Interest and Effort in Education
by Dewey, John (2008)
There seems to be no better name for the acts of using intermediate means, or appliances, to reach ends than work. When employed in this way, however, work must be distinguished from labor and from toil and drudgery. Labor means a form of work in which the direct result accomplished is of value only as a means of exchange for something else. It is an economic term, being applied to that form of work where the product is paid for, and the money paid is used for objects of more direct values. Toil implies unusual arduousness in a task, involving fatigue. Drudgery is an activity which in itself is quite disagreeable, performed under the constraint of some quite extraneous need. Play and work cannot, therefore, be distinguished from one another according to the presence or absence of direct interest in what is doing. (p.189)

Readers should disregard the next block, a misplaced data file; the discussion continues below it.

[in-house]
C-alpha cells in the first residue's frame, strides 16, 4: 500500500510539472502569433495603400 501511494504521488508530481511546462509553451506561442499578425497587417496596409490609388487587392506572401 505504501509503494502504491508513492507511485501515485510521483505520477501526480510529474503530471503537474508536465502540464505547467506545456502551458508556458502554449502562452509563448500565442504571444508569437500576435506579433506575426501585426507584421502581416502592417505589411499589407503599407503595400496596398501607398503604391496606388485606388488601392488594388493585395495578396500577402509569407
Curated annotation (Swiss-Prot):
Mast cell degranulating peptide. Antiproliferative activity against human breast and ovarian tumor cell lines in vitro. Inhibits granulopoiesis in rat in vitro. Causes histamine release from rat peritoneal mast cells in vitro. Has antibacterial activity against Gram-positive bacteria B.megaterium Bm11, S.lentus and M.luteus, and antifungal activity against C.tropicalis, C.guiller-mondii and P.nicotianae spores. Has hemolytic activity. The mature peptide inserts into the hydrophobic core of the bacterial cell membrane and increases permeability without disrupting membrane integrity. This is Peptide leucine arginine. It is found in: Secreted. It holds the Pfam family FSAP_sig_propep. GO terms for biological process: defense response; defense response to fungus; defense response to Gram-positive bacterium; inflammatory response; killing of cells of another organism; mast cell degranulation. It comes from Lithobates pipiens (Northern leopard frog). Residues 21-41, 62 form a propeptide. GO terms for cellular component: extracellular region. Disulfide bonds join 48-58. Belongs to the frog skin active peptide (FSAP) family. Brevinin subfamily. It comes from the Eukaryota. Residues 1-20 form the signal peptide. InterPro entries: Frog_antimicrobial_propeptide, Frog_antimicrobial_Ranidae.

How to contribute.